Today’s post is from second generation homeschooler, Sonya, who has an amazing website full of homeschool inspiration and tools – Homeschool-Activities.com
Butterflies must rate as one of the most beautiful home school science projects.
I want to inspire you to find out more about them with some fascinating facts, a great butterfly craft idea, activities for high school and a free printable butterfly life cycle sheet.
Butterfly Life Cycle
The stages in the life cycle of a butterfly are so amazing they are an ideal way to start off a joy in nature which can last a lifetime.
Stage One: Egg
- The adult butterfly lays 10-100 eggs on the underside of leaves.
- The egg is a tiny object, little larger than a pinhead.
- As you can see from this photo, the eggshells of most butterflies have intricate patterns when seen close up, with radiating ribs, spines and protrusions and a small depression (the ‘micropyle’) through which air penetrates to the embryo.
Stage Two: Caterpillar
- The egg hatches into a caterpillar or larva.
- Most caterpillars have 12 eyes. They are a very simple structure and can only sense light and dark.
- Many caterpillars eat 27,000 times their own body weight before they turn into a chrysalis.
- Once a caterpillar hatches from the egg it will increase its size 30,000 times before it is ready for the next stage in the life cycle of a butterfly: the chrysalis.
Stage Three: Chrysalis
- The larva changes into a chrysalis or pupa.
- In the chrysalis stage of the life cycle of a butterfly, the caterpillar’s body is turned to a liquid and the adult’s body starts to form.
- Nearly all chrysalises stay hidden from predators by being camouflaged. Disguises range from dead, dew-spangled leaves to bird-droppings.
- Some chrysalises make small sounds to frighten predators away.
Stage Four: Adult
- When the adult’s body is fully formed inside the chrysalis, the adult or imago stage in the life cycle is reached and the butterfly emerges.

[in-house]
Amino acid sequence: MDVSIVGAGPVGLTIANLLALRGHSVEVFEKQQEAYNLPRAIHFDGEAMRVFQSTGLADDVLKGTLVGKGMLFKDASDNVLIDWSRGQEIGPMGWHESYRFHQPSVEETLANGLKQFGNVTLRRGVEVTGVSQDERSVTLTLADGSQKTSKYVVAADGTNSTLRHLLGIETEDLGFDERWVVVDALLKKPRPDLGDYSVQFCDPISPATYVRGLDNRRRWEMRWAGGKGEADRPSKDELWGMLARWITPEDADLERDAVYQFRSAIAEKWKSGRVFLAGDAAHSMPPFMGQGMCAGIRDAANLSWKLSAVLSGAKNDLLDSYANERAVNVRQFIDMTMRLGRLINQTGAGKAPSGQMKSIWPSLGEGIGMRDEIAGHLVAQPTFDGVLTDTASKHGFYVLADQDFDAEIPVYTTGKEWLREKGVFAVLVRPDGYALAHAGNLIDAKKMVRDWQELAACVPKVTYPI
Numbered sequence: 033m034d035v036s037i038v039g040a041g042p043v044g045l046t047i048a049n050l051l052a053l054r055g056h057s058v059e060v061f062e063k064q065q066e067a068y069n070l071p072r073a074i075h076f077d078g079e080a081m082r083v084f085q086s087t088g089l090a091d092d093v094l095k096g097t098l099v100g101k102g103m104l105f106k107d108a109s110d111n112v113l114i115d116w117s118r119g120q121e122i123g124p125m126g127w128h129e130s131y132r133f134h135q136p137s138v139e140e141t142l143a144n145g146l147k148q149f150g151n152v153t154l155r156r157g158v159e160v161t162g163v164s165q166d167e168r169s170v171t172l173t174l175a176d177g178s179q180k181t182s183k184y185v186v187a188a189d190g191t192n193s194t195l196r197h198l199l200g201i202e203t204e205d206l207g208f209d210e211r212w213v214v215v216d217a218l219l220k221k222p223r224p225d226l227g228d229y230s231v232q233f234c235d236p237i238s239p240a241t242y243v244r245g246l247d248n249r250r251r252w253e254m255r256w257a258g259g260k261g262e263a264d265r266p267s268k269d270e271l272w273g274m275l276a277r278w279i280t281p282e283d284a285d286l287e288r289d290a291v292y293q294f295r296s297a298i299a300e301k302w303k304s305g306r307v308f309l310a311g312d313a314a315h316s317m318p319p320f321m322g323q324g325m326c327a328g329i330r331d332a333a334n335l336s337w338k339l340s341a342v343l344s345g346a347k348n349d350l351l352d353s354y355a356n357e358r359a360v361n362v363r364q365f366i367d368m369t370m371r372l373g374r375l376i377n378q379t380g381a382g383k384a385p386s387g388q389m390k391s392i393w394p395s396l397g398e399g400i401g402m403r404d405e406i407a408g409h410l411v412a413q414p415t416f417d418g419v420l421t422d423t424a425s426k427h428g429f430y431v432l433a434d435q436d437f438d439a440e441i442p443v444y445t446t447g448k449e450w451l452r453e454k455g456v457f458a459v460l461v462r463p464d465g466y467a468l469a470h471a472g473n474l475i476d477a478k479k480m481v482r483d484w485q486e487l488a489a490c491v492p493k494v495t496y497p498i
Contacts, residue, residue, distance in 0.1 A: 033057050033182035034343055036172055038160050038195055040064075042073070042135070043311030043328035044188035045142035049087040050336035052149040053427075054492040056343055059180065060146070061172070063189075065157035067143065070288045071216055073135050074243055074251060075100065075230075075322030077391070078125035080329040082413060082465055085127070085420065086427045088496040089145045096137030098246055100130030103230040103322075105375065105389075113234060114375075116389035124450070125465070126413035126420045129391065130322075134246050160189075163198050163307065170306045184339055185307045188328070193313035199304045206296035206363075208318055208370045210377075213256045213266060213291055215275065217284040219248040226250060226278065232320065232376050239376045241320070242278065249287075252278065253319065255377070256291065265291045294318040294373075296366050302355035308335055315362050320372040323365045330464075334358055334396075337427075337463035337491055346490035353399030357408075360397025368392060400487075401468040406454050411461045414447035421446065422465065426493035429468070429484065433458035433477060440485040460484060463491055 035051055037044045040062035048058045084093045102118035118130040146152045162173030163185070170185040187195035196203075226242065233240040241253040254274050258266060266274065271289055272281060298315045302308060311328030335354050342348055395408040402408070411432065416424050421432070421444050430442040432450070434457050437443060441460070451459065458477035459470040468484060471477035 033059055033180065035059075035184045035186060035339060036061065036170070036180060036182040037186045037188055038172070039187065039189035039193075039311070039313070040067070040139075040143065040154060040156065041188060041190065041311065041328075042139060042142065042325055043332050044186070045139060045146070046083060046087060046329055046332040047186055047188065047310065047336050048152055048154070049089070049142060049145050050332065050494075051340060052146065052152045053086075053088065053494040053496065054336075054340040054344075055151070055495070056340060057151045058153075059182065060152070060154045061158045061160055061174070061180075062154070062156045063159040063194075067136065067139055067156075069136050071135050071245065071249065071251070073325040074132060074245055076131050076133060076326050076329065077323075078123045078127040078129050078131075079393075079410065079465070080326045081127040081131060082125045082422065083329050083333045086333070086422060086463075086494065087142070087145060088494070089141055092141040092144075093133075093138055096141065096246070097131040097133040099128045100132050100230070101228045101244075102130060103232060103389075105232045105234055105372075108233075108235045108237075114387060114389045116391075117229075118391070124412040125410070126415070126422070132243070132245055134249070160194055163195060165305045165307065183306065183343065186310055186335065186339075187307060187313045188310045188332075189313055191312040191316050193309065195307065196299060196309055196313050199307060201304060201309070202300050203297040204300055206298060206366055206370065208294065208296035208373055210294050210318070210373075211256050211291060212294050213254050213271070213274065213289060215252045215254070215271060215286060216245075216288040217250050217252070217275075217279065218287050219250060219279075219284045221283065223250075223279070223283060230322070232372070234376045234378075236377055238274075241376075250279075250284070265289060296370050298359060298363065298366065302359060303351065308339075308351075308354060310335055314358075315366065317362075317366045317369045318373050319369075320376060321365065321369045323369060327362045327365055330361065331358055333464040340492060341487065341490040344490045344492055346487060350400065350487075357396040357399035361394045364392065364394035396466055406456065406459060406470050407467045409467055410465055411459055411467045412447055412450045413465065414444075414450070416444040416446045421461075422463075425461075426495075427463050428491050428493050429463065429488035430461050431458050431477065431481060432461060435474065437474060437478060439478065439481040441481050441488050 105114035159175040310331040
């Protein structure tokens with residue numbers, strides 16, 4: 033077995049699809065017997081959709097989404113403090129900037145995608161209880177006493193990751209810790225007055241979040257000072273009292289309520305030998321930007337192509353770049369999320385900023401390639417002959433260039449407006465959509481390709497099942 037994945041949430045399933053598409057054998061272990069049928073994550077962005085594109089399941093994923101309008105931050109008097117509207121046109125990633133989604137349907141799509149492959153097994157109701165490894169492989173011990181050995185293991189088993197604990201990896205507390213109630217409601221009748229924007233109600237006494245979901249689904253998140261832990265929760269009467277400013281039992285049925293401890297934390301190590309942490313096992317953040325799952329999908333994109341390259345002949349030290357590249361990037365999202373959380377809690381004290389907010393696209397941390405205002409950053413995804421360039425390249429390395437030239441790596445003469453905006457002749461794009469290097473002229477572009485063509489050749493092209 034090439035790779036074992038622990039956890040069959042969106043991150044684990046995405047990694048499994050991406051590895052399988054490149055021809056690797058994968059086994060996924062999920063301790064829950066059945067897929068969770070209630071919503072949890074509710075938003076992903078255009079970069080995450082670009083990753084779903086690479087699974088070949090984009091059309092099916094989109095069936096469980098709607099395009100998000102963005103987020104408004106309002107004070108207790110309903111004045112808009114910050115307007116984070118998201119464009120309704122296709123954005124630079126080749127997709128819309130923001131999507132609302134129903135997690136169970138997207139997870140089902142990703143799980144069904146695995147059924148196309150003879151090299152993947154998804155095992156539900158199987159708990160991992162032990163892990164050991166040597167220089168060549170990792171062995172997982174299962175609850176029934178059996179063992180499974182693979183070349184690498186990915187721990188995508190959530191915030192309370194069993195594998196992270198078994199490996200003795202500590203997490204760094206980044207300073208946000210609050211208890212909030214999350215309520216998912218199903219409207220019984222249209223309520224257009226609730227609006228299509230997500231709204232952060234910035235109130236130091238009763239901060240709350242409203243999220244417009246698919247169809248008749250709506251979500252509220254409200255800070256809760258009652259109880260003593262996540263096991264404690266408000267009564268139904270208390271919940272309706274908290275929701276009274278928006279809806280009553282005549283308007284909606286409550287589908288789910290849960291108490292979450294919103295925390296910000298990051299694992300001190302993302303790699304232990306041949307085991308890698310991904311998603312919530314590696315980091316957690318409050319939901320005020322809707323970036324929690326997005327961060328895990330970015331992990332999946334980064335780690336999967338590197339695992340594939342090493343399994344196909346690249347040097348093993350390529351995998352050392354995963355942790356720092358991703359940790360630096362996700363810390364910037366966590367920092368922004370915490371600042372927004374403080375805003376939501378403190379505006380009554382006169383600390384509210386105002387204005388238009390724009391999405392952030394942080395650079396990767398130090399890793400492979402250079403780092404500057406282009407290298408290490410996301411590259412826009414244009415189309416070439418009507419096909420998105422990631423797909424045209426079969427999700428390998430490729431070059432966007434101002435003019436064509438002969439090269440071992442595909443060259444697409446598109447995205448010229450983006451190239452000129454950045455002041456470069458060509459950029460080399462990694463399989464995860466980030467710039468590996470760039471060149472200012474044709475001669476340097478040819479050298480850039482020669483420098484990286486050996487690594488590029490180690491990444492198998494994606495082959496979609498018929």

- Butterfly wings are hollow. Once the butterfly come out of the chrysalis they will hang upside down while the wings fill with fluid.
- As you can see, most species are beautifully colored. The colors you see are not caused by pigmentation but by the light bending through the scales, rather like when light bends through a water droplet.
- Adults spend their time in courtship, mating and egg-laying.
Facts About Butterflies
By now, I think you can tell we’ve enjoyed ourselves in our homeschool by finding out the facts that make these insects fascinating! Here are a few more of our favorite facts:
- Monarch butterflies have been spotted as high as 1,000 feet in the air.
- Some species migrate across continents, with the Monarch covering as much as 2,000 miles.
- The largest butterfly is the Queen Alexandra’s Birdwing, with a wingspan up to 1 foot (30cm) wide. It lives in the rainforest of New Guinea and you could use it to tempt your kids to join our rainforest for kids homeschool science project, where we’ve used our butterfly craft skills to make beautiful butterflies with holographic wings.
- Butterflies pollinate more plants than any other insect except bees.
- The numbers of many species have declined alarmingly in recent years.
Check back tomorrow for Part 2 of Beautiful Butterflies for some awesome butterfly activities!